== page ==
It was a brutal act of nature that first sent my wife and me to Hovey Manor. That was two years ago, when Hurricane Georges washed out our long-planned Caribbean holiday. A colleague who had grown up in Montreal offered an alternative out of hurricane range: a country inn in rural Quebec.
In a wonderful twist of fate for us, Hovey Manor turned out to be an idyllic retreat. Situated near North Hatley on the northwest banks of Lake Massawippi in Quebec's Cantons de l'Est (Eastern Townships), the 40-room inn offers quiet charm amid a breathtaking setting that's near perfect in all four seasons. It also boasts a superb dining room that has been lauded by such magazines as Gourmet and Wine Spectator.
Add in the weak Canadian dollar, and it's no wonder that Hovey, a 20-minute drive from the Vermont border, is becoming increasingly popular with Americans. New York is six hours away by car and Boston only four. Rooms, depending on their type and the season, range in price from $135 to $315 a night for double occupancy (819 842-2421; www.manoirhovey.com). That includes a five-star dinner, full breakfast, an array of activities, and gratuities.
Hovey Manor's style is distinctive--that of a magnate turned country gentleman. It was originally the summer home of Henry Atkinson, onetime owner of Georgia Light & Power. Fleeing Georgia's scorching summers, Atkinson headed North. After crossing the Canadian border, he built his home--a la Mount Vernon--in a birch grove on Lake Massawippi in 1900. Although the estate was converted to an inn in 1950, some of Atkinson's books remain on the shelves in the library, a cozy room with a huge stone fireplace, plush sofas, wing chairs, and chess table. Stephen Stafford and his wife, Kathryn, the current owners, bought Hovey Manor in 1979.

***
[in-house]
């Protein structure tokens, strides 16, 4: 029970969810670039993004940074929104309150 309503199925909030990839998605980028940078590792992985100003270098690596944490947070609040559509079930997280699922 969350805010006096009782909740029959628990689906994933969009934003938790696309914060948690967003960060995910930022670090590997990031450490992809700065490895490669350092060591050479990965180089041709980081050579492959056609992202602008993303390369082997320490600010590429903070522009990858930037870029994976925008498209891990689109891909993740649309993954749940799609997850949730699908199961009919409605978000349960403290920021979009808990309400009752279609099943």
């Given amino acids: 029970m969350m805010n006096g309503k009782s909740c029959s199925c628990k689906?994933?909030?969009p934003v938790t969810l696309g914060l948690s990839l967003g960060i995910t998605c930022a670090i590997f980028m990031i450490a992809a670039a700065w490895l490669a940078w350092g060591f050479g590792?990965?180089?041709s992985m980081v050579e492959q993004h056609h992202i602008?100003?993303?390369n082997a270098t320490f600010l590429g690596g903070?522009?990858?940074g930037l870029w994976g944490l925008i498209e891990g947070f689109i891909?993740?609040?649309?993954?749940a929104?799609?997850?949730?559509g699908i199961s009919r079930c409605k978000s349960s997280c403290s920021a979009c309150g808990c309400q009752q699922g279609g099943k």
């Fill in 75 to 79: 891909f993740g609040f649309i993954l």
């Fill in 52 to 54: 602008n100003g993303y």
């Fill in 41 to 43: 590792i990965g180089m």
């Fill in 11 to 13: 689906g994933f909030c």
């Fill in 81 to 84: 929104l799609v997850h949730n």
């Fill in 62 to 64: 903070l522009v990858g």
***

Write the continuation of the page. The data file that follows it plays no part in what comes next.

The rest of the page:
700 WINES. The inn's 40 rooms, decorated in such rich colors as burgundies and russets, are filled with antiques or tasteful replicas. Many have canopy beds, and 26 have fireplaces. Bathrooms look old but all have modern fixtures. Several cottages are also available.
The most beautiful and increasingly popular season at Hovey is autumn, with the foliage peaking during the first week of October. "Remember, this is the land of the maple leaf," Stafford says. In the winter, the garden area is transformed into a skating rink.
But it was the inn's dining room that made our visit most magnificent. Roland Menard, chef for the past 12 years, claims to have no formal culinary training, yet the food he serves is exceptional--"a new light French cuisine," in his words, emphasizing low-fat ingredients and plenty of fresh herbs, plucked from the inn's gardens. Local farms provide everything from goat cheeses and grain-fed chickens to duck, rabbit, and venison, and the farmers' names often appear on the menu: "Fricandeau of Mr. Gagnon's choice rabbit" was one recent entree. The wine list boasts 700 wines from more than 20 countries. Prices range from $20 to $350 a bottle.
After a few days of walking off those meals in peaceful strolls along the lake, you begin to feel reinvigorated. For all the accolades from magazines and peers, "the most important recognition for me is that the guests leave happy," says Stafford. We did. And as we drove off, I suddenly realized: In three days at Hovey Manor, we had not seen one person with a cell phone.